Trial resumes in toddler murder case

  • Chasity Alcosiba-McKenzie

Trial for a 47-year-old Waimea woman charged with the 2017 murder of a Waimea toddler continued Tuesday with testimony from two forensic pathologists.

Chasity Alcosiba-McKenzie was indicted by a Kona grand jury in October 2019 in connection with the death of 3-year-old Fabian Garett-Garcia. She has pleaded not guilty to the single charge of second-degree murder, which is punishable by life in prison with the possibility of parole.

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Alcosiba-McKenzie opted for a bench trial, which means there is no jury, and Circuit Court Judge Wendy DeWeese will decide her fate.

On Tuesday, the former chief medical examiner for Honolulu, Christopher Happy took the stand as a state witness to produce evidence that lead him to rule Garett-Garcia’s death a homicide after a procedural ruling in August delayed the trial for three weeks.

Under objection of Deputy Public Defender James Greenberg, Happy testified the Hawaii County forensic pathologist sent him a consult request to examine specimens from Garett-Garcia’s brain, spinal cord and eyes. Happy said the specimens showed hemorrhaging close to the brain and optic nerve, which could be explained by a number of reasons, the highest being trauma.

First Deputy Prosecuting Attorney Stephen Frye questioned Happy on Tuesday about the process he used to make his conclusions. Happy explained the procedure for preparing microscopic slides, including the staining of the samples to interpret them. He then stated one of the samples was sent to a lab in St. Louis, Missouri, for staining for amyloid precursor protein, which he used to determine manner of death.

He stated that although he could not declare the manner of death as homicide because he was not the medical examiner in charge of the case, he could render his opinion to Dr. Lindsey Harle, forensic pathologist who prepared the original autopsy for Hawaii County. Based on Happy’s review of the specimens, original autopsy report, photos and police reports, he concluded the cause of death to be blunt force trauma to the brain, the same conclusion Harle reported in her original autopsy report. Happy stated that that type of injury could only be caused by a motor vehicle accident or a fall from three stories or higher and could not have resulted from a short fall injury.

“The only thing left is inflicted injury,” said Happy.

Greenberg, in cross examination, produced studies that indicated although rare, injuries consistent with Garett-Garcia’s could be caused by short falls. He also noted that the Honolulu Medical Examiner’s Office was not accredited by the National Association of Medical Examiners at the time, and Happy resigned his position just days after submitting the report.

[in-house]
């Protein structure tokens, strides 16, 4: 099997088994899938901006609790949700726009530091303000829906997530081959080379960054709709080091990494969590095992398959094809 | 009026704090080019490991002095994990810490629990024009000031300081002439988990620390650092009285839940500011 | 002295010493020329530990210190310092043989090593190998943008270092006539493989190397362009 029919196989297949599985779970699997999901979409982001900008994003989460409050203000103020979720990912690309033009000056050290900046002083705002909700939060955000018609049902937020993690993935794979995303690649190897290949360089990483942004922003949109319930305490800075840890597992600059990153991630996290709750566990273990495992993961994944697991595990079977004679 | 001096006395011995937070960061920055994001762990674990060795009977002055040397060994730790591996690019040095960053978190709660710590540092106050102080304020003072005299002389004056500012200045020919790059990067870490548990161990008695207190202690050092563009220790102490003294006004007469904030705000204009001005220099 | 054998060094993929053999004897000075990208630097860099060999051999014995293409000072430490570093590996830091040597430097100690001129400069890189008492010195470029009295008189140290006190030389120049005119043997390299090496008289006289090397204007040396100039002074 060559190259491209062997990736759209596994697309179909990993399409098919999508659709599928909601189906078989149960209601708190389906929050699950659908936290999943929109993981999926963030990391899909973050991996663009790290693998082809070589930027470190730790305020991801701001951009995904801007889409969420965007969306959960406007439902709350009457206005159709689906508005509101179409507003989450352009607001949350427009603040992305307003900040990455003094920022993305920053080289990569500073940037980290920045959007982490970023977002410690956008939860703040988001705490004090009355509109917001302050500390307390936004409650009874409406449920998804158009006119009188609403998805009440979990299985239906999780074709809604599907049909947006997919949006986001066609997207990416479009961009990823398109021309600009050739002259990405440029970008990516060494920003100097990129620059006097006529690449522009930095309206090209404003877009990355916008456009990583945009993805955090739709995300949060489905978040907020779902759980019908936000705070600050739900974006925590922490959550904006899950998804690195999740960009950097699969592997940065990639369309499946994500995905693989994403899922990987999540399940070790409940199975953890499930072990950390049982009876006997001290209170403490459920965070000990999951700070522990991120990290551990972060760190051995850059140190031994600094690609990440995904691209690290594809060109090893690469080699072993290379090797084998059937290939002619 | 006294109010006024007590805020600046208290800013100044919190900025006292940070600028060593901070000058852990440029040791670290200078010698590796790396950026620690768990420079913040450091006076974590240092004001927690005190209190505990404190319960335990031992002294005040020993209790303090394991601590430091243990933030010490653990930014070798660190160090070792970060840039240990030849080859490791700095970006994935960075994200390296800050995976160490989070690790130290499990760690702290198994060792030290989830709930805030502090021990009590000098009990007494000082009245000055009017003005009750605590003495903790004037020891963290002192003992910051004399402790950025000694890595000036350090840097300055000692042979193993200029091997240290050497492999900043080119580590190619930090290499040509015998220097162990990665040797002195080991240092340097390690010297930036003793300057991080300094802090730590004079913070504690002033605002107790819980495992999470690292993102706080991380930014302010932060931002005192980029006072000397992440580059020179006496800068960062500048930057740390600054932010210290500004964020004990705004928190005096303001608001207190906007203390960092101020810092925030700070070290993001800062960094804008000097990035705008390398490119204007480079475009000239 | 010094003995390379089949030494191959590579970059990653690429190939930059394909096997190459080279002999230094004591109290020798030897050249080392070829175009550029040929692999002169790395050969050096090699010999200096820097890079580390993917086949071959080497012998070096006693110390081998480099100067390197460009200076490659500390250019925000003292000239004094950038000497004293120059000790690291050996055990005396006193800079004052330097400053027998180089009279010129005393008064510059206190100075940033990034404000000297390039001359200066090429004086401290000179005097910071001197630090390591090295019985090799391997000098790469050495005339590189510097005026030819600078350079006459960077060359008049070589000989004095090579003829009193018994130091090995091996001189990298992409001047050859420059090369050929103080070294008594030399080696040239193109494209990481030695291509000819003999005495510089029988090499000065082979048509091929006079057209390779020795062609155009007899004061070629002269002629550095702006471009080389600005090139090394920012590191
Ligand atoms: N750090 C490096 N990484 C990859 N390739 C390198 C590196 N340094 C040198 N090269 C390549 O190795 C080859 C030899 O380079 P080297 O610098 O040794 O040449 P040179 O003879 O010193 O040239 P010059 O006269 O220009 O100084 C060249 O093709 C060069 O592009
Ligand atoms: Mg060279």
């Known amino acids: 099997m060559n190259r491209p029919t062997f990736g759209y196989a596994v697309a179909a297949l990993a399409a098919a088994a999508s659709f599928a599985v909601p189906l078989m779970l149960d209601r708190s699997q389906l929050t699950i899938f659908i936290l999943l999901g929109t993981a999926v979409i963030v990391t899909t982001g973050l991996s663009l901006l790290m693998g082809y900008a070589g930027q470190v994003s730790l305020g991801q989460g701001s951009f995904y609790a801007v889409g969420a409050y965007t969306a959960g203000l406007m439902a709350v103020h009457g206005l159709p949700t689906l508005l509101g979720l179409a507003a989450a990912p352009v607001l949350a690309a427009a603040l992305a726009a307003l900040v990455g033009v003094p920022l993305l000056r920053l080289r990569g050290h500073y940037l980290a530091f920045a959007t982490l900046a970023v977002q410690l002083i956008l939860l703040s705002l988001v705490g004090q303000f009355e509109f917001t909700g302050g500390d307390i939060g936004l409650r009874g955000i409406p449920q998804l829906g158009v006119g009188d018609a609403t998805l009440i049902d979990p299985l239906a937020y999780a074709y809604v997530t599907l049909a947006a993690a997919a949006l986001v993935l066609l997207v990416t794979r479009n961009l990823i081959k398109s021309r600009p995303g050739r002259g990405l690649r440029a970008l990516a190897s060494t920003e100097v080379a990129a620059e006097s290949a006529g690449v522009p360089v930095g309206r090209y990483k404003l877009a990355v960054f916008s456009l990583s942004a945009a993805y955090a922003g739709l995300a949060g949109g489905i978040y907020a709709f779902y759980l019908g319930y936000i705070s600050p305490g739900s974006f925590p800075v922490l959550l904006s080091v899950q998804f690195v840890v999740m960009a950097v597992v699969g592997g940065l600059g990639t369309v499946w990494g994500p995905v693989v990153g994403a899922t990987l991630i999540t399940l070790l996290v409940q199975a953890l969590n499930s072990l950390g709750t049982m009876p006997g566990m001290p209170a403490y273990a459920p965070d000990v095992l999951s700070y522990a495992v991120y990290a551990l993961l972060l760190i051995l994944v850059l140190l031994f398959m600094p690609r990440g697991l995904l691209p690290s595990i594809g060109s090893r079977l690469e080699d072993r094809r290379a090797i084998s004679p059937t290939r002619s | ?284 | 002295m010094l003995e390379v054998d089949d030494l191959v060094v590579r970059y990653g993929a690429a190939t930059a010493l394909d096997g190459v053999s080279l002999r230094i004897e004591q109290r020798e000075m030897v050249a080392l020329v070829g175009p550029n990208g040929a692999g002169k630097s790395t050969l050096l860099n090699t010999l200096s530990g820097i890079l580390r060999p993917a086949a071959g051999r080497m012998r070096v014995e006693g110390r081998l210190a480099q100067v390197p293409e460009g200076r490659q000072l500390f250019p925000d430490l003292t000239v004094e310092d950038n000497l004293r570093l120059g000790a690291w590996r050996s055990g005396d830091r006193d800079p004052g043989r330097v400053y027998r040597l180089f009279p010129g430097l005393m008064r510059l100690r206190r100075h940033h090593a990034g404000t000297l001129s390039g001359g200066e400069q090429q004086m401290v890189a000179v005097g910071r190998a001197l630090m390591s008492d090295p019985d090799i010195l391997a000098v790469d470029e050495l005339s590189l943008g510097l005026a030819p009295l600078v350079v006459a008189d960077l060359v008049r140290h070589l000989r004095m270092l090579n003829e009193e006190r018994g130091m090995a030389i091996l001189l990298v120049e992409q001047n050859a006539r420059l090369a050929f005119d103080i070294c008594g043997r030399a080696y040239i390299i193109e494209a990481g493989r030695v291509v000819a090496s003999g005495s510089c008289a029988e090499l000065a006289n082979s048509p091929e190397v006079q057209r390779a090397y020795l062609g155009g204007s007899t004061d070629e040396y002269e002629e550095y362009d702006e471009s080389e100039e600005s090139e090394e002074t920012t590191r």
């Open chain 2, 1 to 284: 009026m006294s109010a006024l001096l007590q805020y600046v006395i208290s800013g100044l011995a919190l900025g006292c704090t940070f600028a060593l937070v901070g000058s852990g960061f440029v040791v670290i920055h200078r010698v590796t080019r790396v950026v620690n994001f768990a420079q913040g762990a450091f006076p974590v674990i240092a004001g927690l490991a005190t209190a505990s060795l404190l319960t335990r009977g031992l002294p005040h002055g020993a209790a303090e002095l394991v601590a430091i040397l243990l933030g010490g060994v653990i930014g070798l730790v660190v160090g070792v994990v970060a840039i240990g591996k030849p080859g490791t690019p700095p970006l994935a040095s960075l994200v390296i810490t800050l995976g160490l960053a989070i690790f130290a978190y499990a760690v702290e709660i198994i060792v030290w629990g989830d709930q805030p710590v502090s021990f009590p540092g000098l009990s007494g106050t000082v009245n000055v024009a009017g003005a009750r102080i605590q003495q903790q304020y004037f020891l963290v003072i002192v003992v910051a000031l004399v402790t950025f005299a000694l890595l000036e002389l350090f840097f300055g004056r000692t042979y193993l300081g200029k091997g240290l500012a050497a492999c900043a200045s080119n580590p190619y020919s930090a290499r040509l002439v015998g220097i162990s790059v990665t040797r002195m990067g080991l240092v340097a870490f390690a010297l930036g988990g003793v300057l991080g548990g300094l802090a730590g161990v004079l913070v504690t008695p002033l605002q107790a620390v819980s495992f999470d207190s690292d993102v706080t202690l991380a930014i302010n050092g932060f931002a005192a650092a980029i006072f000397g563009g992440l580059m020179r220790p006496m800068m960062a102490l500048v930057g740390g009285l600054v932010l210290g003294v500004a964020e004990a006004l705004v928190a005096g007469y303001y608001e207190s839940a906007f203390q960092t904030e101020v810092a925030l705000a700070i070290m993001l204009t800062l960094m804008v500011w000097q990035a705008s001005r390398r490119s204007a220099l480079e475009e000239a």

Greenberg also questioned Happy about the backlog of cases in that office and his being threatened with termination if backlog was not resolved. Happy replied that his office was understaffed, but that had no bearing on the outcome of his report and that he stands by his consultation.

“You don’t know what happened, but you are calling this a homicide,” concluded Greenberg.

Greenberg sought to have all of Happy’s testimony stricken from the record. DeWeese allowed the majority of his testimony to stand with the exception of his statements concluding homicide or beating.

Harle took the stand next and testified she originally declared the manner of death as inconclusive, but suspected homicide. She consulted with Happy to confirm her suspicion.

After reviewing Happy’s opinion, Harle testified she amended the autopsy to declare the manner of death as homicide.

“It was not consistent with an accidental short fall,” she concluded.

Under cross examination, Harle conceded although exceedingly rare, the injuries could have been caused by a short fall and bruises on Garett-Garcia’s chest could have been the result of CPR.

The state contends Garett-Garcia died at the hands of Alcosiba-McKenzie.

Alcosiba-McKenzie had reported the toddler fell from an 18-inch bench while wearing virtual reality glasses and did not exhibit symptoms until she found him unresponsive hours later.

Clifton McKenzie, the defendant’s ex-husband, who was not present at the time of the alleged fall, collaborated Alcosiba-McKenzie’s version of events when he took the stand Tuesday.

Police arrested in August 2018 Alcosiba-McKenzie, who was the boy’s caregiver, on suspicion of attempted second-degree murder and later released her. Charges were not formally filed until an October 2019 indictment, which stated Alcosiba-McKenzie intentionally or knowingly caused the death of Garett-Garcia including voluntarily omitting to obtain reasonable necessary and available medical service.

Alcosiba-McKenzie has been free on supervised release since her arrest following the indictment.

Meanwhile, a wrongful death lawsuit filed in April 2019 by Garett-Garcia’s parents Sherri-Ann Garett and Juben Garcia against the state Department of Human Services, Catholic Charities, state-licensed caregivers Chasity Alcosiba-McKenzie and Clifton McKenzie and others, continues. A motion providing additional time for the plaintiffs to submit a pretrial statement was extended in March.

No trial date has been set for the civil litigation.

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The civil suit is seeking unspecified monetary damages, which Attorney Jeffrey Foster, counsel for Garett-Garcia’s parents Sherri-Ann Garett and Juben Garcia, previously said would be determined by a jury.

Clifton McKenzie has not been arrested or charged with a crime in connection with the incident, and is only a defendant in the civil litigation.